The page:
Staphylococcus aureus Internalization in Non-Professional Human Phagocytes
Although S. aureus is generally considered as an extracellular pathogen, it
has been showed that it can invade a variety of non-professional phagocytes,
such as human endothelial cells, bovine epithelial cells and murine
fibroblasts. Chronic infections like osteomyelitis, the frequent failure of
antibiotic treatments to overcome staphylococcal infections or their
recurrence might be related to the ability of S. aureus to invade and
persist within certain types of host cells, providing a protected niche.
However, the precise role of cellular invasion in S. aureus pathology in
vivo is still controversial.
We and others have previously elucidated molecular mechanisms of the
internalization step of S. aureus cellular invasion. The entry into the
host-cell proceeds by a "zipper-type" mechanism, an F-actin dependent
process which resembles professional phagocytosis. Bacterial internalization
requires the interaction between bacterial surface adhesins and host-cell
receptors. An essential interaction is the fibronectin bridging between S. aureus
fibronectin binding proteins (FnBPs) and the host fibronectin
receptor integrin α5ß1.
Currently, we study in detail the post-invasion events:
- The intracellular fate of S. aureus, relying on microscopic techniques,
- Gene expression changes of S. aureus during internalisation, using microarray technology.
We have provided the first in vivo evidence that S. aureus can survive in human epithelial cells
for prolonged periods of time (J Infect Dis. 2005 Sep 15;192(6):1023-8).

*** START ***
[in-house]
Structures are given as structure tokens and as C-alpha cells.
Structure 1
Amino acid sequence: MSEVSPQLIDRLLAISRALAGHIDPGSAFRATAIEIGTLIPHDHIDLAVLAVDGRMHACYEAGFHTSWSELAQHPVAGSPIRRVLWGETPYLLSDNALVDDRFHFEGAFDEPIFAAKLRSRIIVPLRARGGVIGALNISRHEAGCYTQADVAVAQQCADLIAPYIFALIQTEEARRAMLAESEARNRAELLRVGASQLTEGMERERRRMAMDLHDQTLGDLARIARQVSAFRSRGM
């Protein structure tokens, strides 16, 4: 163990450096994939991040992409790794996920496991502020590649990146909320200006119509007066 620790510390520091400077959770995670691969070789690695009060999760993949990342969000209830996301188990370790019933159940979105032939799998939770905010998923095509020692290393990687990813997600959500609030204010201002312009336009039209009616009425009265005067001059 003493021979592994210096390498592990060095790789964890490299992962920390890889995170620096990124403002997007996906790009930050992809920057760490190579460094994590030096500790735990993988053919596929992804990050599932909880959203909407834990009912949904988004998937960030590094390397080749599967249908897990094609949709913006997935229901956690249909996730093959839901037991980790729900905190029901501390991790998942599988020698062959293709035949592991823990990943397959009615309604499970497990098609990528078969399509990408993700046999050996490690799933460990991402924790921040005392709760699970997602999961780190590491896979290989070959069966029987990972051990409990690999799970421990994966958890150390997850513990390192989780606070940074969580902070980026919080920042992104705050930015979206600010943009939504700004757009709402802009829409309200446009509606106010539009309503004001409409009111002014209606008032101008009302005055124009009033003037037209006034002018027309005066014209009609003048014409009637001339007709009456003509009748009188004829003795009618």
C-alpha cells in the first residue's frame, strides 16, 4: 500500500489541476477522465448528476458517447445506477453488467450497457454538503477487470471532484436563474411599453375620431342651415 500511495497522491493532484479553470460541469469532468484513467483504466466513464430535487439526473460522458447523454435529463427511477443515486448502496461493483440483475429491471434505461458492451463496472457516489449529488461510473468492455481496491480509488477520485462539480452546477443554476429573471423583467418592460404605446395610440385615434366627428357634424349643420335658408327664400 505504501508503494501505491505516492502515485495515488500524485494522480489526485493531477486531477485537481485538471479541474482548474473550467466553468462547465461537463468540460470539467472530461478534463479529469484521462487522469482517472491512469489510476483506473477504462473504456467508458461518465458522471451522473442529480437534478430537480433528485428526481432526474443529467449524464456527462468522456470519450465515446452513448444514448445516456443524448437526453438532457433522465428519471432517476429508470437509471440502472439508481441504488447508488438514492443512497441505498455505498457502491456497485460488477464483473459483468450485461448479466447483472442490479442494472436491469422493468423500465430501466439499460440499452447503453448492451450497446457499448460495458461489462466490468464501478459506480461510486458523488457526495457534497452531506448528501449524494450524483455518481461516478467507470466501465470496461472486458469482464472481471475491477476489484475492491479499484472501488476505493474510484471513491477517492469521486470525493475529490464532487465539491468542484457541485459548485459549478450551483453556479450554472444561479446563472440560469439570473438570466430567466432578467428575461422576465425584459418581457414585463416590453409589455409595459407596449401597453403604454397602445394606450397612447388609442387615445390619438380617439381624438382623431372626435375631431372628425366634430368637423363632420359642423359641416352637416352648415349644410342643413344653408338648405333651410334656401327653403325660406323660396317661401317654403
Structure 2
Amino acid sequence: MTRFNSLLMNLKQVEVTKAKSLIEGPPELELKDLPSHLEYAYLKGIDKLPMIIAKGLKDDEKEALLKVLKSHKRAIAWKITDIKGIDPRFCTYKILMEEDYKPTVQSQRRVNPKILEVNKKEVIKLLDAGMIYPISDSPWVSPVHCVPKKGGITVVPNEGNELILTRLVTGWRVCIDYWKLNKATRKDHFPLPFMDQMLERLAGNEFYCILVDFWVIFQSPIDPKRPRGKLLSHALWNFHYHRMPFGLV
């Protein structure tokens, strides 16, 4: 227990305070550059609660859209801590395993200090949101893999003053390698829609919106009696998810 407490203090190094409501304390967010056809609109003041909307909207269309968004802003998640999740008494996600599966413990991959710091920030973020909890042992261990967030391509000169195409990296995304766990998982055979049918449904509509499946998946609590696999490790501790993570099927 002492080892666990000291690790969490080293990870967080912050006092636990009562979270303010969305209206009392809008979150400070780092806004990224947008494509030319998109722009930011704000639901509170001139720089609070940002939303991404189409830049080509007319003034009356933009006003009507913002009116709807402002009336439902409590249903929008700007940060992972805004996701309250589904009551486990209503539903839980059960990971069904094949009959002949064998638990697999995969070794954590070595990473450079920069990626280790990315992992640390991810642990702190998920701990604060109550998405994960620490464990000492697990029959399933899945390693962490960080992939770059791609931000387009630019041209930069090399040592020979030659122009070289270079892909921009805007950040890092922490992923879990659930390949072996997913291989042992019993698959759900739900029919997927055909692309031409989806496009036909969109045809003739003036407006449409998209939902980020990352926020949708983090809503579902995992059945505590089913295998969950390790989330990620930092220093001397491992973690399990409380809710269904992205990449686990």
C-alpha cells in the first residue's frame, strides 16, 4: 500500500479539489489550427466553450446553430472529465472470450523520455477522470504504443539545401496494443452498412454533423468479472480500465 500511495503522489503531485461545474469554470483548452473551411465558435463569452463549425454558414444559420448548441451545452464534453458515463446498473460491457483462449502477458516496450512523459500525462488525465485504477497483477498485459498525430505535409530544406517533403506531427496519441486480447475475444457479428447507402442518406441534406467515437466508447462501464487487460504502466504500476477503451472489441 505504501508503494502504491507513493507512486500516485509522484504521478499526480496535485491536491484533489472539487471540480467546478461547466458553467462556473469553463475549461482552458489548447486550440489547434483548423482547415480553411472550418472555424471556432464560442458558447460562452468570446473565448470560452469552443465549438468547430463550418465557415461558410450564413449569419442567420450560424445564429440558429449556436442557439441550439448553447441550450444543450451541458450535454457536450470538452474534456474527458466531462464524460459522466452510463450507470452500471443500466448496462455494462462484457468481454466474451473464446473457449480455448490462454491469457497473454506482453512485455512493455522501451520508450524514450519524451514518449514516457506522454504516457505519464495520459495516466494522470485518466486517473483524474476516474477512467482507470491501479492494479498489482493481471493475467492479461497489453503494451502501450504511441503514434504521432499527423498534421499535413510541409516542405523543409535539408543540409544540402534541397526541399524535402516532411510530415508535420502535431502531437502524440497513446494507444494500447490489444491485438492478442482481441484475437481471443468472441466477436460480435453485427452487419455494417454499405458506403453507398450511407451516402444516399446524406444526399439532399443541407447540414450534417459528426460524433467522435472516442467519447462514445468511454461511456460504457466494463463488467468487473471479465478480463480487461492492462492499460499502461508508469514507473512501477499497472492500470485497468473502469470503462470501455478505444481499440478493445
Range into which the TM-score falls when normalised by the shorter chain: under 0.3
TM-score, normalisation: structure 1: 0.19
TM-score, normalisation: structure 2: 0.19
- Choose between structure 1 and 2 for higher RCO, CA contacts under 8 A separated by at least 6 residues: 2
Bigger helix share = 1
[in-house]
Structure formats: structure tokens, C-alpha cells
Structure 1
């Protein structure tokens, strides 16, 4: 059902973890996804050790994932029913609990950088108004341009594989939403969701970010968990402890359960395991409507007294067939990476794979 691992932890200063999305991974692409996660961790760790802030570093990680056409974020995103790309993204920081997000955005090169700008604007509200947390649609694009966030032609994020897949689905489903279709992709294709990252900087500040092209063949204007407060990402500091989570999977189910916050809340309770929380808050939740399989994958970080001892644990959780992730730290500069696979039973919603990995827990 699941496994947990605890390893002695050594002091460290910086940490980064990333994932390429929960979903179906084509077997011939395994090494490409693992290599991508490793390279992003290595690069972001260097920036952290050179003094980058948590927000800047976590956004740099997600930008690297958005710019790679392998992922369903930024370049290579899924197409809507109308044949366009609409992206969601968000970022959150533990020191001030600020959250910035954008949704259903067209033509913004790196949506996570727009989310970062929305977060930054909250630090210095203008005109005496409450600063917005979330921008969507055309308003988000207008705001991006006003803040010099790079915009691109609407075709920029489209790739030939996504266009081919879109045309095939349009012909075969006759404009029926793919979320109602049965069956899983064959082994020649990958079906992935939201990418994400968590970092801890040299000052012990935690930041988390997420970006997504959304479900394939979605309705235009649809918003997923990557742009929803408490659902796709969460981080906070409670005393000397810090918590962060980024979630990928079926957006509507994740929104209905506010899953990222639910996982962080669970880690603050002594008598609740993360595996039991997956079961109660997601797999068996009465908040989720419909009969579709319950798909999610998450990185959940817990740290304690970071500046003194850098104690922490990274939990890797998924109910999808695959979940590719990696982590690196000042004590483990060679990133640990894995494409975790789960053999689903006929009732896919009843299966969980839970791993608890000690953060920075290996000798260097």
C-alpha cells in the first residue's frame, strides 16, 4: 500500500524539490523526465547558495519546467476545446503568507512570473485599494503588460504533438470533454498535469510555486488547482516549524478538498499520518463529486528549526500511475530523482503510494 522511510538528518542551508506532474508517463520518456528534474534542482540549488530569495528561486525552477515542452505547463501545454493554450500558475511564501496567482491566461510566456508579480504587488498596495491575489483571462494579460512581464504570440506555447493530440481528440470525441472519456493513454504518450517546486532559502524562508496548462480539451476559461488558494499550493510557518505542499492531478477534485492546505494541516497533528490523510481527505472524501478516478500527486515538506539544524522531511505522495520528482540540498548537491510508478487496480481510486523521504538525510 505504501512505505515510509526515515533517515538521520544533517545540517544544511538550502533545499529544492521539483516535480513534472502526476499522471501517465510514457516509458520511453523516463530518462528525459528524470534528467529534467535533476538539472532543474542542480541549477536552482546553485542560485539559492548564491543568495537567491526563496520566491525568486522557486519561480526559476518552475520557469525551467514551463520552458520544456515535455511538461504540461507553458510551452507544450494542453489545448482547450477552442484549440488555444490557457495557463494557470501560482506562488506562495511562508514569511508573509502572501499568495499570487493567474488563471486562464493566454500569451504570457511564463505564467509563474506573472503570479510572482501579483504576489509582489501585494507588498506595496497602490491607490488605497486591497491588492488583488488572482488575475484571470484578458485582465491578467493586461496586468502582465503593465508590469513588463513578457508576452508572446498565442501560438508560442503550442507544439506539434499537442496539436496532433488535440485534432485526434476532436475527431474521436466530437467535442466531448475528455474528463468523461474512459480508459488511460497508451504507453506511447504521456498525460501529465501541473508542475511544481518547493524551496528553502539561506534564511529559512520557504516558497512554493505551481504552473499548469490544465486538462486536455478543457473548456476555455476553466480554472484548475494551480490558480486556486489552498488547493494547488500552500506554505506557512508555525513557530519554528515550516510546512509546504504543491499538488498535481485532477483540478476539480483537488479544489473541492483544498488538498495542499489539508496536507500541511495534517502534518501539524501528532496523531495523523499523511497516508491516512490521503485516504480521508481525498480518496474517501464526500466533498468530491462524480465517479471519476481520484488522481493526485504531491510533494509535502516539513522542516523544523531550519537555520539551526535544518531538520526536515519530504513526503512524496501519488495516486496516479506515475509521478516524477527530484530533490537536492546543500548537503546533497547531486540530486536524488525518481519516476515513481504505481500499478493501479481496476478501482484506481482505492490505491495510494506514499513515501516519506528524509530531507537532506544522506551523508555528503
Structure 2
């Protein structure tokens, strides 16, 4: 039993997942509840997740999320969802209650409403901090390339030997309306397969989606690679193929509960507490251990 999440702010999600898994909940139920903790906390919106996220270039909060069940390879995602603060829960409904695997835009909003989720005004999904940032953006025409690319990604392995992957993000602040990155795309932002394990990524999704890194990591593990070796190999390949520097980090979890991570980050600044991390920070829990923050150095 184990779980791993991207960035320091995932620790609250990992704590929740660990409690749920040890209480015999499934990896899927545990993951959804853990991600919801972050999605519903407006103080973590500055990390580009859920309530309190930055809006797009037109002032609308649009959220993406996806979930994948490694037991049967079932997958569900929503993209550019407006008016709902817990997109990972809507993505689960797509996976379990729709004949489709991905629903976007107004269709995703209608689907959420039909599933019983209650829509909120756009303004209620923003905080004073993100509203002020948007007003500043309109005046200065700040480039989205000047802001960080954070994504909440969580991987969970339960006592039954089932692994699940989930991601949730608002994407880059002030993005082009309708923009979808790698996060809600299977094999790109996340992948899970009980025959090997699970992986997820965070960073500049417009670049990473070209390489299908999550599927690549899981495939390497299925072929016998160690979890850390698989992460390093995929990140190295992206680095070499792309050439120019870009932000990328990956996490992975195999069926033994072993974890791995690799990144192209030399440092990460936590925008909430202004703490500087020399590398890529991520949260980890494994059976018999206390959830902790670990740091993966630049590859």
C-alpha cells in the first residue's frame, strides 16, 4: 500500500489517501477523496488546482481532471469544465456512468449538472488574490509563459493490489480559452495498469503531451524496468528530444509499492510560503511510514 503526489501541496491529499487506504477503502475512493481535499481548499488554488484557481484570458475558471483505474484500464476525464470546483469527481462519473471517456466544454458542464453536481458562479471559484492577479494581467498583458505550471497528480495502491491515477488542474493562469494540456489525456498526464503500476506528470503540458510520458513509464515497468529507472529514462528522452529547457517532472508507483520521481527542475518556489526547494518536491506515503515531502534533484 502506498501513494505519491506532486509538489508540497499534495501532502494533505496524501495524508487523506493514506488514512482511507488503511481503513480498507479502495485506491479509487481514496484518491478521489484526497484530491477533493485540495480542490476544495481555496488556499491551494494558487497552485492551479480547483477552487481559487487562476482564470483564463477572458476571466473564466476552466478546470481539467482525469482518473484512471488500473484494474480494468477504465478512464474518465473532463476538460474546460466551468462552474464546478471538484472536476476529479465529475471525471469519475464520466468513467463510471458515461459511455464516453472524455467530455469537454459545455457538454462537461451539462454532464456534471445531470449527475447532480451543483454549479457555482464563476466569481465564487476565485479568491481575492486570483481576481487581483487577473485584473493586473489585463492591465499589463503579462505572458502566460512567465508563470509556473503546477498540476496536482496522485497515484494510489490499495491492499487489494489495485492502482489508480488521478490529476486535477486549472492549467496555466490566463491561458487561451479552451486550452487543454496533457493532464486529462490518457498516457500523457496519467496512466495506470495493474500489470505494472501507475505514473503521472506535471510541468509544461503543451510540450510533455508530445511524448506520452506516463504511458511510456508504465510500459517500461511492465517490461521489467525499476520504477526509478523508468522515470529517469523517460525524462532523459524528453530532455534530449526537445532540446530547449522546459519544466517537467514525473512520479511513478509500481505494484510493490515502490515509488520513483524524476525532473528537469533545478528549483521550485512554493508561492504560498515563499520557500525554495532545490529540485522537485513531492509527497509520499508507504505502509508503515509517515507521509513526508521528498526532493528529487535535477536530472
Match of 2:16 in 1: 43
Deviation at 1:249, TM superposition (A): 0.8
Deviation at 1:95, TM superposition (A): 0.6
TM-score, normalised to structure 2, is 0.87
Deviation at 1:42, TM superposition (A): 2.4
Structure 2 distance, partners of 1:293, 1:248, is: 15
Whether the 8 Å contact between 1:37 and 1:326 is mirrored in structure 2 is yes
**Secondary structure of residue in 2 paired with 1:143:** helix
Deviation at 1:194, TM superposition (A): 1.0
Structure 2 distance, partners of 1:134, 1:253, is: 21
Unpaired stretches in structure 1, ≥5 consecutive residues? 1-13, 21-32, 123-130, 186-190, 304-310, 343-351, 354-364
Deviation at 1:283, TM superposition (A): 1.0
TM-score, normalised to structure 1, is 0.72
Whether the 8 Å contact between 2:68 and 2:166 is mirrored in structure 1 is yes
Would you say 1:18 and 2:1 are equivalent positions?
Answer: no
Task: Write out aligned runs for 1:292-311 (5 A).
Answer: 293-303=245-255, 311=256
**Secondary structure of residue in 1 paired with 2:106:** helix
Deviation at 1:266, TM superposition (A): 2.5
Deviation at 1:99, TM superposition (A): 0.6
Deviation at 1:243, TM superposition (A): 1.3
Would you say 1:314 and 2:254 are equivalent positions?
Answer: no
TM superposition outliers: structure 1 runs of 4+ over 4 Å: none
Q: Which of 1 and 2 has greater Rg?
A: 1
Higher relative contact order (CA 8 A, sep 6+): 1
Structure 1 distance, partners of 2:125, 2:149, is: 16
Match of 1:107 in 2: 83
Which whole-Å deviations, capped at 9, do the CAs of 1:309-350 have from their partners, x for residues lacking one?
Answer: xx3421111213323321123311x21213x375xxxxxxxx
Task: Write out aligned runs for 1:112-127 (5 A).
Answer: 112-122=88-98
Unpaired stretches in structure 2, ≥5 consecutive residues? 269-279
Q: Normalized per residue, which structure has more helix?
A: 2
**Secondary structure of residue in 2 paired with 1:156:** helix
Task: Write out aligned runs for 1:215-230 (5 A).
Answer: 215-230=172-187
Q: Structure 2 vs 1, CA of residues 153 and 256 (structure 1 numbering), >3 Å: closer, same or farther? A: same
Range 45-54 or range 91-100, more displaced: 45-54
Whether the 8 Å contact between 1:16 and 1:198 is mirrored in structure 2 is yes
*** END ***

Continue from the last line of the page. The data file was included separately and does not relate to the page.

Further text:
Data were obtained from endonasal mucosa specimens from patients suffering recurrent S. aureus rhinosinusitis.
This supports the concept that S. aureus has to be also considered as an intracellular pathogen.
This unusual survival strategy provides a niche, protecting bacteria from humoral and phagocytic responses as well as from
the majority of currently used antimicrobials. Intracellular survival might also explain long-term carriage and the challenge
of decolonizing carriers. This work was recognized by the 2006 Pfizer award in Infectious Diseases.
Recently, we have developed an in vitro model using human lung epithelial cells that shows intracellular bacterial persistence for up to 2 weeks.
Using an original approach we successfully collected and amplified low amounts of bacterial RNA recovered from infected eukaryotic cells.
Transcriptomic analysis using an oligoarray covering the whole S. aureus genome was performed at two post-internalization times and compared
to gene expression of non-internalized bacteria (BMC Genomics. 2007 Jun 14;8(1):171). No signs of cellular death were observed after prolonged internalization of
Staphylococcus aureus 6850 in epithelial cells. Following internalization, extensive alterations of bacterial gene expression were observed.
Whereas major metabolic pathways including cell division, nutrient transport and regulatory processes were drastically down regulated,
numerous genes involved in iron scavenging and virulence were up regulated. This initial adaptation was followed by a transcriptional
increase in several metabolic functions. However, expression of several toxin genes known to affect host cell integrity appeared